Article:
Every year on the Friday before Mother’s Day, my employer sends out an email reminding everyone to call our mothers and he gives flowers to all the mothers who work in the office. This makes me feel awful every year – I lost my mom at a young age and it still hurts. I want to have kids but have not found the right partner and time is running out so the flowers I don’t get make me feel like a loser. This must also feel wrong to the guys since the boss does not recognize Father’s Day. Do you think if I send him an anonymous note saying this is discrimination it might make him stop? It really depresses me. What should I do?
— Leave My Name Out
Don’t threaten him with a lawsuit. Call his mother and tell her what you wrote to me. She’ll set him straight better than any lawyer (unless he’s gay in which case she’ll simply correct his behavior). Yes, that may have been my most evil advice ever: TELL HIS MOMMY!
Another option would be to run down the hallways sobbing, “Mom! Mom! Why did you leave me so soon?” as soon as his reminder email arrives. It’s subtle but might convey the right sentiment.
— Evil Skippy
P.S. You should have sent me your letter earlier than the Thursday before Mother’s Day. Perhaps you can use this advice next year if you still need it since it is so awesome.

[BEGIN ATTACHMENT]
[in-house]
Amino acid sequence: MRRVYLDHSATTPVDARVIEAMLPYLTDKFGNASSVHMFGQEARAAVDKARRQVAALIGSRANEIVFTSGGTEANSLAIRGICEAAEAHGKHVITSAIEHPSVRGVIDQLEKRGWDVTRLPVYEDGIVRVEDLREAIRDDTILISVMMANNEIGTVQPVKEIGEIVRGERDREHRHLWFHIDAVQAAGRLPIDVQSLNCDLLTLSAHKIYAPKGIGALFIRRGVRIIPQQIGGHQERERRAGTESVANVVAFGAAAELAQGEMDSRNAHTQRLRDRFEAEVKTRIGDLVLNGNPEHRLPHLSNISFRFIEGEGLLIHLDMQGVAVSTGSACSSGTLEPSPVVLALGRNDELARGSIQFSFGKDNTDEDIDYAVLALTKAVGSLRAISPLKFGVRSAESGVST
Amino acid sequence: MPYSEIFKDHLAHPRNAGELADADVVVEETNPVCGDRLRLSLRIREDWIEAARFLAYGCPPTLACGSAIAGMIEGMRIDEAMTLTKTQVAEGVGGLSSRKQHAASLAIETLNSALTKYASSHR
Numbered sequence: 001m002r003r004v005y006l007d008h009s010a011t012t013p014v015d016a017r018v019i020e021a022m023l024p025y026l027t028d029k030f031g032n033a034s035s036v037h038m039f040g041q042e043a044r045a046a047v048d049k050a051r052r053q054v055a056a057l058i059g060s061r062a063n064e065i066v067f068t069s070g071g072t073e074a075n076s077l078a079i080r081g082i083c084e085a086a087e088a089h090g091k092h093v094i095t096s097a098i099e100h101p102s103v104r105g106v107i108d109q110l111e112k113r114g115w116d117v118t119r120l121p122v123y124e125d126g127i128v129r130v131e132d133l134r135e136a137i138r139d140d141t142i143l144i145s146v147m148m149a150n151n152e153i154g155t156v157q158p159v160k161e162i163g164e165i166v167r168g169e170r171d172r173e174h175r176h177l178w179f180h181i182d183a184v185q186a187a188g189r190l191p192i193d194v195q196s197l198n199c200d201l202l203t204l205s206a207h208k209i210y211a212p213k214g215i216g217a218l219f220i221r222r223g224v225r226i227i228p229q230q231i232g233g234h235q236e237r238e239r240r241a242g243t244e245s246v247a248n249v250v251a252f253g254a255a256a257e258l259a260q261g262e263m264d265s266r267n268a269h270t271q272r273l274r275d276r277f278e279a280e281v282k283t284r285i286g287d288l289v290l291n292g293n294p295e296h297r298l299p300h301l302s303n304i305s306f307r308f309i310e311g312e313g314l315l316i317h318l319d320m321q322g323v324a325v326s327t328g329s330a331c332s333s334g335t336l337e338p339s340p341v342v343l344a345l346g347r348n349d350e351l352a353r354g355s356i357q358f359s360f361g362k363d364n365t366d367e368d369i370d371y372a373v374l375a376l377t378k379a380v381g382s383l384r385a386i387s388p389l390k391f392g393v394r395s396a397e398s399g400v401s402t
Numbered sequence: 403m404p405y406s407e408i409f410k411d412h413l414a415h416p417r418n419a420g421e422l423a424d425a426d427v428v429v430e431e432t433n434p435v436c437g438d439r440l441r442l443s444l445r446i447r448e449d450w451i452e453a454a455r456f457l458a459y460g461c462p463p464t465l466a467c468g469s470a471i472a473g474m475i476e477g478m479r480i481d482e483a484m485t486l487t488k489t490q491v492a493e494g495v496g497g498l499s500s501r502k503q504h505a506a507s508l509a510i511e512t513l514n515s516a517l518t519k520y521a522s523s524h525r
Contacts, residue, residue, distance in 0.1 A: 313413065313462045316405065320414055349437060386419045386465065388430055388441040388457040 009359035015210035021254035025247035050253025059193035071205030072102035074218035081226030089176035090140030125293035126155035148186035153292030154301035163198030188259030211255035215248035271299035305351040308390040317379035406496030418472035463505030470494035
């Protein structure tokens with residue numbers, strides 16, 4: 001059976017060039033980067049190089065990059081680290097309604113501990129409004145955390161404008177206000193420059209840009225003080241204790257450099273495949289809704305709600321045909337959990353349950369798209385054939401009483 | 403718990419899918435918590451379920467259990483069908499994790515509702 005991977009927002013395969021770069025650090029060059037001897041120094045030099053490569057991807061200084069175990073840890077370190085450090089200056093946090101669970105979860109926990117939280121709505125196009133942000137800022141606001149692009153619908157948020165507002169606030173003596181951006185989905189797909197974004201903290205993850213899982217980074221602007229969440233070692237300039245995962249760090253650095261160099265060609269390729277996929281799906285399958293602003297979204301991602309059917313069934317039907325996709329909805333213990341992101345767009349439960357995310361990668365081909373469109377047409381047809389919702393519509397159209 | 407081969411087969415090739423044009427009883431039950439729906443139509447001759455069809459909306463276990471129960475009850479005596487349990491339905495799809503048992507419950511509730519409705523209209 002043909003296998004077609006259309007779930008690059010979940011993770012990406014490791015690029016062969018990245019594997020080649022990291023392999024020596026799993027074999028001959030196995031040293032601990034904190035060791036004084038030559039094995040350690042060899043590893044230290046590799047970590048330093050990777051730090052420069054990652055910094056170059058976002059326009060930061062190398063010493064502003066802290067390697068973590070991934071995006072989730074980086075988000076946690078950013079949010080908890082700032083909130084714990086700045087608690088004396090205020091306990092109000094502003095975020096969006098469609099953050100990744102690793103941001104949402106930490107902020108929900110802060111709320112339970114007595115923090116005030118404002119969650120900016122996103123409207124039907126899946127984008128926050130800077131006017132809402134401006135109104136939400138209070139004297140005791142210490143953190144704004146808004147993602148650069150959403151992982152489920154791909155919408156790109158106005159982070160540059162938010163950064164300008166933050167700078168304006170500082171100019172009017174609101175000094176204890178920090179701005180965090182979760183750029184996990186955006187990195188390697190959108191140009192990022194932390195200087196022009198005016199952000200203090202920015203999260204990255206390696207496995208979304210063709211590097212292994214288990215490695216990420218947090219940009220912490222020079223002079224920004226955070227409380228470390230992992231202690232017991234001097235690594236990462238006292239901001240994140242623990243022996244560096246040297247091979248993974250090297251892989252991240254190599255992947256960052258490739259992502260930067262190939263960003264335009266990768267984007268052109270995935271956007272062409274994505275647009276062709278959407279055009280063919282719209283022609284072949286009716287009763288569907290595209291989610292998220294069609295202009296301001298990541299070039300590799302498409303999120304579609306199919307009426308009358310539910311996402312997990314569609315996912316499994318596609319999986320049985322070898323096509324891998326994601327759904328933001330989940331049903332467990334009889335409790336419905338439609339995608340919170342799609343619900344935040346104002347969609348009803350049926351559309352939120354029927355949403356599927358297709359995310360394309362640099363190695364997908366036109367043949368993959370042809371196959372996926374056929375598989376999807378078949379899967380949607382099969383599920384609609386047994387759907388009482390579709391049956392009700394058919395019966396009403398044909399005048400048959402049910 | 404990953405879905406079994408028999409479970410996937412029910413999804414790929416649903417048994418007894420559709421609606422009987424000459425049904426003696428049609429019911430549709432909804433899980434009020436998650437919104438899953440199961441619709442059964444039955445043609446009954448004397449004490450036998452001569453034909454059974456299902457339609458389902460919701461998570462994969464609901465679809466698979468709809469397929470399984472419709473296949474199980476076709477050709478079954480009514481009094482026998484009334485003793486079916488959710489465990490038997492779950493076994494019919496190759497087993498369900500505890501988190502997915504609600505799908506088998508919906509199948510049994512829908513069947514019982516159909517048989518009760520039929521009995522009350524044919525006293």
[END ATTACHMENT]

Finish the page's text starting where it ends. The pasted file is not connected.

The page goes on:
First of all, I do feel your pain. My mom died over twenty years ago and I miss her every day. For me, though, Mother’s Day makes me smile at the memories. I’m sorry this is rough on you.
Second, you really can manage this. If you think you can’t on your own, please do see a grief counselor. There are stages of mourning that include the moving on with your life phase – you deserve an existence without so much grief and need to reach that phase. Absent going to a counselor, at least you can utilize whatever techniques you use to go grocery shopping or out in public at this time of year when Mother’s Day reminders are everywhere.
I happen to agree with you that your boss should not turn the office into Mother’s Day Central. It’s really none of his business what the rest of you do when it comes to your parents. He’s also running the risk of causing unnecessary bad feelings among those employees who don’t have a mom or don’t have good relationships with their mom or who really want to become a mom but are physically unable. I’m sure there are more ways to feel pained by Mother’s Day than those examples. I won’t even start on people with allergies to flora.
Finally, remember this: When it comes down to it, this is just one day and if it is your only problem at work – congratulations.
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